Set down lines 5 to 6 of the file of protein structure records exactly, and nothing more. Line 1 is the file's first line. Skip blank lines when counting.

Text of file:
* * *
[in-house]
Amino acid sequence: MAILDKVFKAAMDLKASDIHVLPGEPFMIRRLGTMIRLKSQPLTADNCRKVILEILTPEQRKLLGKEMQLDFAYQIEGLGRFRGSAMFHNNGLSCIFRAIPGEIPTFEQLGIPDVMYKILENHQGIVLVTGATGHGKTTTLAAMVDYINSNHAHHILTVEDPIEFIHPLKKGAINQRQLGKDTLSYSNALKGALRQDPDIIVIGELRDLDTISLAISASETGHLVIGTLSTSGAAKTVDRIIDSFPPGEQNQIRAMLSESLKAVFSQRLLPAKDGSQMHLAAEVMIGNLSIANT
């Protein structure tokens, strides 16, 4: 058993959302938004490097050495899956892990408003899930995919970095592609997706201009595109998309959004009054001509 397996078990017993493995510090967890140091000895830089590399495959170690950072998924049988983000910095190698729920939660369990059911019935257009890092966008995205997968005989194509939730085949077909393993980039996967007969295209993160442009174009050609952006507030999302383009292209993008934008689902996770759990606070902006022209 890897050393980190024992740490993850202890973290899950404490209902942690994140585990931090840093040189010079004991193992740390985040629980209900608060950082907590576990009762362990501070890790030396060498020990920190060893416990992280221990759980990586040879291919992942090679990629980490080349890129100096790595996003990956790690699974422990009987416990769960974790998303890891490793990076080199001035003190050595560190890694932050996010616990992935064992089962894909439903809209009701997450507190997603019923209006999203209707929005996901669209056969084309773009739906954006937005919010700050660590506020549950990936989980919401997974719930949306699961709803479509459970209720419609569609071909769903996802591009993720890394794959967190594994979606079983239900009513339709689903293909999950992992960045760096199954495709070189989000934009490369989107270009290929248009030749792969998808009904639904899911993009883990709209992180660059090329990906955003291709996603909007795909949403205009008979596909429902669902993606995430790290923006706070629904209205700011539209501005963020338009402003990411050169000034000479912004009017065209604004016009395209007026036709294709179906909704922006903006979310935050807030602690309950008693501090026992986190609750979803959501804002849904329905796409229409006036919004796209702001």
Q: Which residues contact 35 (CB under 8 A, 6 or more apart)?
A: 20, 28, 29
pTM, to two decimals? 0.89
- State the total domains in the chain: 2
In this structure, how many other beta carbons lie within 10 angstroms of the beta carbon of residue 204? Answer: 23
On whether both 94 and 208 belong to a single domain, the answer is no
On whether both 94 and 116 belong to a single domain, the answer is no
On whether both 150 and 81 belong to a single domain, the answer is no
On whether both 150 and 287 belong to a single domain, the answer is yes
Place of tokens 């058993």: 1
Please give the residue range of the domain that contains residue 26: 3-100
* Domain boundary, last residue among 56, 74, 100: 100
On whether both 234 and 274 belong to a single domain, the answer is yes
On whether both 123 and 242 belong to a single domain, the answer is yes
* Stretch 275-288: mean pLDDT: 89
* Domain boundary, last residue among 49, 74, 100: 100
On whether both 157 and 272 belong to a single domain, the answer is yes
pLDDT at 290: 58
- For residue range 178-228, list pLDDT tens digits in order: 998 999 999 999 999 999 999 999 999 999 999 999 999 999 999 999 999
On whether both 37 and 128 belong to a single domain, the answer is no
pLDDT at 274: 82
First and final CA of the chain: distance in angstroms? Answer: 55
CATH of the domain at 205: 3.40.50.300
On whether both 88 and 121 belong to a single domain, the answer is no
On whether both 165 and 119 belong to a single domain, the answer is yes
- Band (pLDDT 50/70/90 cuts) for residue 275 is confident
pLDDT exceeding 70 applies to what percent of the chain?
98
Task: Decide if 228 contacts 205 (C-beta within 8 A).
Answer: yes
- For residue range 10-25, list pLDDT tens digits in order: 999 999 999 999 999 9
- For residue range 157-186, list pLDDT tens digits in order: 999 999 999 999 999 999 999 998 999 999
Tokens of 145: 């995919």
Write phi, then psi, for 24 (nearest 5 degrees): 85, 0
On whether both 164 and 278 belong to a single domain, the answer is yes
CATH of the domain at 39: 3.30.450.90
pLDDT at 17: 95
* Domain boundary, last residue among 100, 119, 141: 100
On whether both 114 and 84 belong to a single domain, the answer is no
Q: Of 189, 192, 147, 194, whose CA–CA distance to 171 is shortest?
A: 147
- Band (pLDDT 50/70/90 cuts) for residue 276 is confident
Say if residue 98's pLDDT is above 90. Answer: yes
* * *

A: 20, 28, 29
pTM, to two decimals? 0.89